When understudies step into the limelight…
When Melissa Bayern put herself forward to understudy the role of the Witch in Into the Woods at Manchester’s Royal Exchange, the story fulfilled a theatrical fairytale. It’s the 42nd Street myth of going out a youngster but coming back a star. Bayern had spent three years training, and had – significantly – played the role of the Witch at drama school, which allowed her to step in with only five hours of rehearsal.
We’ve all been in the audience for the announcement “due to the indisposition of [insert star’s name here] the role of… will be played by…” and we’ve all witnessed the collective groan of the audience. To be an understudy can sometimes feel like a thankless task: the theatrical equivalent of ‘always the bridesmaid never the bride’, of having to be ready to go on at a moment’s notice, but potentially never going on. It can be a job where you are employed not to do what you are trained to do and can be a dispiriting experience. Many understudies have their own projects on the go.
Take David Nicholls, who during a stint understudying for the National Theatre started to take on freelance script-reading, as well as writing his own scripts, the first of which was optioned by the BBC. Nicholls’ experience no doubt fed into his novel The Understudy.
To be an understudy can sometimes feel like a thankless task: the theatrical equivalent of always being the bridesmaid
For more than a decade I worked as an associate director, taking productions on tour and into the West End. For an associate and for the company manager, one of the biggest challenges is getting understudies ready to go on, ensuring they can fit into the production without disrupting it (which they could do by giving a dramatically different interpretation from the lead actor) but at the same time allowing the actor understudying to have some creative input. You’d never want them simply to mimic the principal actor. You also have to get them ready in a very short amount of time. Equity states that an understudy isn’t obliged to go on unless they’ve had adequate rehearsal, but what “adequate rehearsal” means will depend on the production in question.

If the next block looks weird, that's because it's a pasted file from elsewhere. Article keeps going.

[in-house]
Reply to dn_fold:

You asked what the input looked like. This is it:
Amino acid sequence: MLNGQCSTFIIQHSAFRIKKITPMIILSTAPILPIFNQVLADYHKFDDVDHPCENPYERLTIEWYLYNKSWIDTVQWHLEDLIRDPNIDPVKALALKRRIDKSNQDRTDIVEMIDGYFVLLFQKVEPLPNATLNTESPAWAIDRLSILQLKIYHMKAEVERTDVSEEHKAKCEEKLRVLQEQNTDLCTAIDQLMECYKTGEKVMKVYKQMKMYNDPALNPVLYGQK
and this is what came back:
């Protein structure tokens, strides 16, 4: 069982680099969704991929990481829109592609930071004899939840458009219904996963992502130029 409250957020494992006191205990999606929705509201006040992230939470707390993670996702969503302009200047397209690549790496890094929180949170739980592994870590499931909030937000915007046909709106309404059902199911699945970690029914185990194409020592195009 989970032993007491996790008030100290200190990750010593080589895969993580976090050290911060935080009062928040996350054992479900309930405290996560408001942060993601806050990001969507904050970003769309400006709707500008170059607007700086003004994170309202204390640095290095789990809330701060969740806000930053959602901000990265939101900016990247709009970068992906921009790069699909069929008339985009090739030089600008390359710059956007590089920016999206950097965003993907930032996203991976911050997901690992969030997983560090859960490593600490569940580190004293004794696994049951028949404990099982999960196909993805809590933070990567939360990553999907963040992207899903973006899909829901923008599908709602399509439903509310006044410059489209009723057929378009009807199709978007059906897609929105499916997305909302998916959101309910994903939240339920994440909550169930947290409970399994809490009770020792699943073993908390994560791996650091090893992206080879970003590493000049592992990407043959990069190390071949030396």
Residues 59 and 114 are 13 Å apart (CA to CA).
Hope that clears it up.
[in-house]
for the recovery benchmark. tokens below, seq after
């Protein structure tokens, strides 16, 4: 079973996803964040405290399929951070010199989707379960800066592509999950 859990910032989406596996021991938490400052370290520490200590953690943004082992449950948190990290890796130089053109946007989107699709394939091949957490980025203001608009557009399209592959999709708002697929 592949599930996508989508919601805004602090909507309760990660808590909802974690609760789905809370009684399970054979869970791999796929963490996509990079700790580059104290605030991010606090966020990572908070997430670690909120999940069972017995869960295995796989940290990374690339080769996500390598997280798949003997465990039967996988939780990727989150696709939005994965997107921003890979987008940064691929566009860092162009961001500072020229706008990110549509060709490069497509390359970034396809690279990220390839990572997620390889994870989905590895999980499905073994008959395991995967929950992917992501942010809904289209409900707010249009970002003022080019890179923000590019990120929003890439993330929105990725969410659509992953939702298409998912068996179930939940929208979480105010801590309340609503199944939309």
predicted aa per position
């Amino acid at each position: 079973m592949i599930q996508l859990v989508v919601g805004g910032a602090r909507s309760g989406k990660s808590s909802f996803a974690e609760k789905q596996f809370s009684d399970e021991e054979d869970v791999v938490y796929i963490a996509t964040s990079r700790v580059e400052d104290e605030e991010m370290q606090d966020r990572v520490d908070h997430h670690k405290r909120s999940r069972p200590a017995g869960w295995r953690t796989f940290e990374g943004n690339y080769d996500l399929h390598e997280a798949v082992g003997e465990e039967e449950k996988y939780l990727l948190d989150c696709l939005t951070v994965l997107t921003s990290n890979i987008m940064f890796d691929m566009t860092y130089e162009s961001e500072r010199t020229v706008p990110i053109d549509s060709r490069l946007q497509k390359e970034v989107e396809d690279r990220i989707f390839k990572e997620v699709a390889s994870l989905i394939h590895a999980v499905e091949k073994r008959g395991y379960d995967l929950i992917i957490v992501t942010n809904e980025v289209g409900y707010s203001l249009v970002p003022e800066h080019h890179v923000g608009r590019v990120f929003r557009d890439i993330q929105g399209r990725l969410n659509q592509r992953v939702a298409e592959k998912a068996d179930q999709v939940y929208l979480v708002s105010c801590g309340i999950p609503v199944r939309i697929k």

How well looked after you are – and how much rehearsal time you are given – can vary massively. An experienced understudy tells me: “We had two to three weeks at the National, which is fairly standard there.” Comparing this with a previous understudy job in which he had to learn all the male roles for a Chekhov production in one week, and only 12 hours’ rehearsal in total over the course of the run, you can see that companies such as the NT and the Royal Shakespeare Company are much more supportive of their understudies than some commercial producers of straight plays.
“I felt totally supported at the National,” he explains. “But because I’m a member of the principal company, I’m in the show already, so we were all mates. It’s different for understudies who have to sit in the dressing room every night – for ‘walking understudies’.”
Understudies are the preserve of the West End and commercial tours as well as the NT and the RSC. In other theatres, the runs are shorter, meaning that the chances of needing an understudy outweigh the large additional costs, so most regional theatres do without them.
Musicals are probably the biggest employers of understudies. Unlike most straight plays with a limited run, many musicals sign their casts up to year-long contracts – and performers may stay on over several contracts. The cast will require holiday, and in musicals there is an increased risk of injury (especially dance-heavy shows). To understudy in a musical is considerably less dispiriting than on a straight play because you’ll almost certainly find yourself going on, sometimes fairly regularly.